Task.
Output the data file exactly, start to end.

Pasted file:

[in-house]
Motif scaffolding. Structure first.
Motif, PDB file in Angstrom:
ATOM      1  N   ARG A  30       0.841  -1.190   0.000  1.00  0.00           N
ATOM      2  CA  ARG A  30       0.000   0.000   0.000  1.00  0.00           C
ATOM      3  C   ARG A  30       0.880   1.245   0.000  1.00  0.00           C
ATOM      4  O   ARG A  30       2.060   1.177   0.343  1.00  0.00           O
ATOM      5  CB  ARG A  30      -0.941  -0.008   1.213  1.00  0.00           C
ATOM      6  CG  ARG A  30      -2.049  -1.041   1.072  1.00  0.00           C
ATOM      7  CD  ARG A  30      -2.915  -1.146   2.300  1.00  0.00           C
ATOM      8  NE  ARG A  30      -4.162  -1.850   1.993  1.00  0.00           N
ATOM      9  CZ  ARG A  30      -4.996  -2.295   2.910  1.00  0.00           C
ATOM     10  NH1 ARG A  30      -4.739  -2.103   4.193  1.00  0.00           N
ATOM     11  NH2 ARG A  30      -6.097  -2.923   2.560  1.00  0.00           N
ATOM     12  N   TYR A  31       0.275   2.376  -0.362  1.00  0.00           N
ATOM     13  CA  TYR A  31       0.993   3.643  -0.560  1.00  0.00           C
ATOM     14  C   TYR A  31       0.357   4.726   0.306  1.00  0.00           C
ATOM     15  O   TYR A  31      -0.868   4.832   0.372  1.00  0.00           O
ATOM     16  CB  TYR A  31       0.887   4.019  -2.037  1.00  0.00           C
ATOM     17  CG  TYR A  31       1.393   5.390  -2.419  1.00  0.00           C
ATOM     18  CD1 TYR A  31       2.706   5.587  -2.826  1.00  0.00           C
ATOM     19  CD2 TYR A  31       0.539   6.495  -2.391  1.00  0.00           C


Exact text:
[in-house]
Motif scaffolding. Structure first.
Motif, PDB file in Angstrom:
ATOM      1  N   ARG A  30       0.841  -1.190   0.000  1.00  0.00           N
ATOM      2  CA  ARG A  30       0.000   0.000   0.000  1.00  0.00           C
ATOM      3  C   ARG A  30       0.880   1.245   0.000  1.00  0.00           C
ATOM      4  O   ARG A  30       2.060   1.177   0.343  1.00  0.00           O
ATOM      5  CB  ARG A  30      -0.941  -0.008   1.213  1.00  0.00           C
ATOM      6  CG  ARG A  30      -2.049  -1.041   1.072  1.00  0.00           C
ATOM      7  CD  ARG A  30      -2.915  -1.146   2.300  1.00  0.00           C
ATOM      8  NE  ARG A  30      -4.162  -1.850   1.993  1.00  0.00           N
ATOM      9  CZ  ARG A  30      -4.996  -2.295   2.910  1.00  0.00           C
ATOM     10  NH1 ARG A  30      -4.739  -2.103   4.193  1.00  0.00           N
ATOM     11  NH2 ARG A  30      -6.097  -2.923   2.560  1.00  0.00           N
ATOM     12  N   TYR A  31       0.275   2.376  -0.362  1.00  0.00           N
ATOM     13  CA  TYR A  31       0.993   3.643  -0.560  1.00  0.00           C
ATOM     14  C   TYR A  31       0.357   4.726   0.306  1.00  0.00           C
ATOM     15  O   TYR A  31      -0.868   4.832   0.372  1.00  0.00           O
ATOM     16  CB  TYR A  31       0.887   4.019  -2.037  1.00  0.00           C
ATOM     17  CG  TYR A  31       1.393   5.390  -2.419  1.00  0.00           C
ATOM     18  CD1 TYR A  31       2.706   5.587  -2.826  1.00  0.00           C
ATOM     19  CD2 TYR A  31       0.539   6.495  -2.391  1.00  0.00           C